Share on ThriftyFunThis guide contains the following solutions. Have something to add? Please share your solution!
We've used vinegar for killing weeds around the garden, for several years now. It's a great way to get rid of weeds in cracks in cement or in a paved driveway. You can pour it on directly from the jug or put it in a spray bottle (use full strength). Just a word of warning, if you don't want it to die, then don't go near it with the vinegar. If using in a flower garden, be careful around the plants you want to keep. The vinegar will leach to the other plants through the roots and kill them, so it may be better to pull these by hand.
Hope this helps! Good luck!
Put straight vinegar into a cheap garden sprayer ($12) and spray this onto your weeds. You can also pour the vinegar right on to the soil to kill the roots and stop everything from growing there in the future. If you heat Vinegar up, it works even better. You can also buy a special vinegar with a stronger acid content at most plant nurseries that works even better!
If you want a temporary week killer and don't want to stop everything from growing, just pour boiling water on to the area. It's easiest to use a propane camping stove and boil your water outside. Use a camping coffee pot with a handle and a pouring-spout if you have one. Be careful that the steam doesn't splash back and scald you!
Use pickling vinegar instead of regular white or malt vinegar since it contains 7% acetic acid and not the usual 5%. The ratio of 1 teaspoon (5 millilitres) of liquid washing soap to 1 gallon (4 Litres) pickling vinegar is fine.
Ask a QuestionHere are the questions asked by community members. Read on to see the answers provided by the ThriftyFun community or ask a new question.
When someone said to use vinegar for weeds, do they mean the white vinegar or not?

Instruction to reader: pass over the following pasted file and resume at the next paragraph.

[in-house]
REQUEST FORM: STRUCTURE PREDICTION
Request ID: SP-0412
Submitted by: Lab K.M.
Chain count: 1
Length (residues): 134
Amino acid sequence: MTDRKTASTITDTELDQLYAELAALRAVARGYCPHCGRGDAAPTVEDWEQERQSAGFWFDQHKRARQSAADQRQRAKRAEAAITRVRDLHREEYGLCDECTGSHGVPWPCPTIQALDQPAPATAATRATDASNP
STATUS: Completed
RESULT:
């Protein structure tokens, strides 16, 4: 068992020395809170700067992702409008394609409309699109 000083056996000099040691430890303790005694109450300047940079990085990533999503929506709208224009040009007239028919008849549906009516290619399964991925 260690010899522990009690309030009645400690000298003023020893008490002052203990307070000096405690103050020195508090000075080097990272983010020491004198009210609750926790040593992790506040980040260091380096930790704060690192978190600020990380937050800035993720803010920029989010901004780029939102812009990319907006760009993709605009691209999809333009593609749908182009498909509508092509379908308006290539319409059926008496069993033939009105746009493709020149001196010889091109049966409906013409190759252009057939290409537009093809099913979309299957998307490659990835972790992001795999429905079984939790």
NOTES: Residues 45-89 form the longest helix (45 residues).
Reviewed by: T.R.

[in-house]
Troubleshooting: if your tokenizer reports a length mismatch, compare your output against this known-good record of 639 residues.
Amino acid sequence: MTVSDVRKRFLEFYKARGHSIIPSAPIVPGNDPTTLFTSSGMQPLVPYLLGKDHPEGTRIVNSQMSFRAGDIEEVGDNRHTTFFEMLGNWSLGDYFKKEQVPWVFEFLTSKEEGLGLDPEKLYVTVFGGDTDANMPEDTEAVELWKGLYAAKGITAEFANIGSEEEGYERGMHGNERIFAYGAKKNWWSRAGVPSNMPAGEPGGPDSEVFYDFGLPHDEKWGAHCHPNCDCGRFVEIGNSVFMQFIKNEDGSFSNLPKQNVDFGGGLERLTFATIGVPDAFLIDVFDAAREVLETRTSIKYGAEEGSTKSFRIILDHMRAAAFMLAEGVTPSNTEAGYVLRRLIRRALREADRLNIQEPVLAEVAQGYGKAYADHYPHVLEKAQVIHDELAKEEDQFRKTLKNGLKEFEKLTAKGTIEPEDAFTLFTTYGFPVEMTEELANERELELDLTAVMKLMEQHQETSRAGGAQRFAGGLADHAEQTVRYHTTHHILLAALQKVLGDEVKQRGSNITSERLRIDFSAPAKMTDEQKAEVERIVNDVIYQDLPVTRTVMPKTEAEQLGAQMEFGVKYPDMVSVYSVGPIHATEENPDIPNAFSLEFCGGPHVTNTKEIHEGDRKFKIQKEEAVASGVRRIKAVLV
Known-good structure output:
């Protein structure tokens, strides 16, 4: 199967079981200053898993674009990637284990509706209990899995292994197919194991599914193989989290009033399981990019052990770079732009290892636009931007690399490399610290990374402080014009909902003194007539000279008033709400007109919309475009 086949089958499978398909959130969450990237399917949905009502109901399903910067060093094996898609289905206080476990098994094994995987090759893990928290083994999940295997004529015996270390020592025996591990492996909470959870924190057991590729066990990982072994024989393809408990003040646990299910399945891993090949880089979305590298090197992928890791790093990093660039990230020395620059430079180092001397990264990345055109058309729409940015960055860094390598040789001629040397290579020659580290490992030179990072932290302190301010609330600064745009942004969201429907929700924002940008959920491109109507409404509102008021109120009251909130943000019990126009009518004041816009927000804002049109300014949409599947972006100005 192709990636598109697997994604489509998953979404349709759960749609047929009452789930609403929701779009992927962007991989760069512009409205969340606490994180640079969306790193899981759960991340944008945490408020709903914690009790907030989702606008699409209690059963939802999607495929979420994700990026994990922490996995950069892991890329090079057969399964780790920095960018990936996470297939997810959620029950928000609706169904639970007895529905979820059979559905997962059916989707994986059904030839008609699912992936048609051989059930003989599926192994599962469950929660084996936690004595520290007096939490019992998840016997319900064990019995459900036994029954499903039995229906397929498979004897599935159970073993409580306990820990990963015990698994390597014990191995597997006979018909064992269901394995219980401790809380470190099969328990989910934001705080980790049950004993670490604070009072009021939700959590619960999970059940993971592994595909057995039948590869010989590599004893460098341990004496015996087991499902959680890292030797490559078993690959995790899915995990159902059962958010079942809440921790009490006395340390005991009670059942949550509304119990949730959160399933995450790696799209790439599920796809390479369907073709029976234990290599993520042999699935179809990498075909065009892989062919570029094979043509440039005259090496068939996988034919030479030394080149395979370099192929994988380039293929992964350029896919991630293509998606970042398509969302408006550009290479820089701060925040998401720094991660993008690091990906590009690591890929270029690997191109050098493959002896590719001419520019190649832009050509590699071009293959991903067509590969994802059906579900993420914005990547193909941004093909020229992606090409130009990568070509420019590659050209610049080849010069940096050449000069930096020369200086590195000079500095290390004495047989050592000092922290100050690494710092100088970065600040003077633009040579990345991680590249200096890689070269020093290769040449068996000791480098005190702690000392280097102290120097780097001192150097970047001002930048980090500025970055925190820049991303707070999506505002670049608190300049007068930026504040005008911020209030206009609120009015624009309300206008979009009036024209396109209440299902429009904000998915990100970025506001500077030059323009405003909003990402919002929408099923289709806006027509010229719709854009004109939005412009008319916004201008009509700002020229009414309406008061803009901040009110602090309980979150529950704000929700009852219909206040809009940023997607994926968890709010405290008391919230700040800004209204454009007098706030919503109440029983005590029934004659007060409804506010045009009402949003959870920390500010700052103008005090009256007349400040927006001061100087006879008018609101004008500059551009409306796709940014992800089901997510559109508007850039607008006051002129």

It is the white vinegar. Be careful though - it is not selective at all.
What ratio of vinegar and orange oil would you use to kill weeds?
Hardiness Zone: 9a
Spraying straight vinegar on weeds kills them; be sure to do only when the wind is not blowing!
What kind of vinegar do you use to get rid of the grass in your driveway? Thx.
By L J from NPN, VA
Use a distilled white vinegar with a 15%-20% acetic level, the higher the level the better it will work. Spray it after the dew is gone and it should kill them in a few days. Be careful not to spray them on any other plants because it will kill them as well. :)
How do I make and use vinegar weed killer?
By glenda bruno from Winfield, MO
I used it when I lived in Louisiana & had fairly good luck. On a bright sunny day, I would spray full strength white vinegar on weeds & grass growing in places I didn't want it growing (like a small crack I had in the driveway).
Hardiness Zone: 7b
Mona123 from Bear Creek, NC
When too much salt gets into the soil, whether it's Epsom salt or a build up of fertilizer salts, water is drawn out of a plant's roots instead of flowing into them. This is normally referred to as "burning", but actually the plant is becoming severely (or fatally) dehydrated. The plant's leaves and stems start to shrivel and turn brown and leaves may mutate from chloride toxicity. The best way to remedy soil containing excess salts is to remove the contaminated soil and amend it with healthy, nutrient-rich soil.
Vinegar is a weak acid and when applied to the soil, it lowers the pH. Changing the pH too quickly can damage or even kill plants by altering their roots ability to absorb water and minerals. Fortunately, because vinegar is a weak acid, it degrades in water and doesn't bioaccumulate (stay in the environment). After flushing the soil with water, you can expect the pH to return to normal within 48-72 hours.
Very few plants will survive a dose of salt and/or vinegar. The only way I know of getting rid of it is to leach it out by regular watering. How effective this will be depends on what lies below the top soil; if its clay for e.g.
If you spray vinegar ''at what rate?" will you be able to grow other plants in the same area? Does the vinegar sterilize the ground or how long will it keep weeds from reappearing?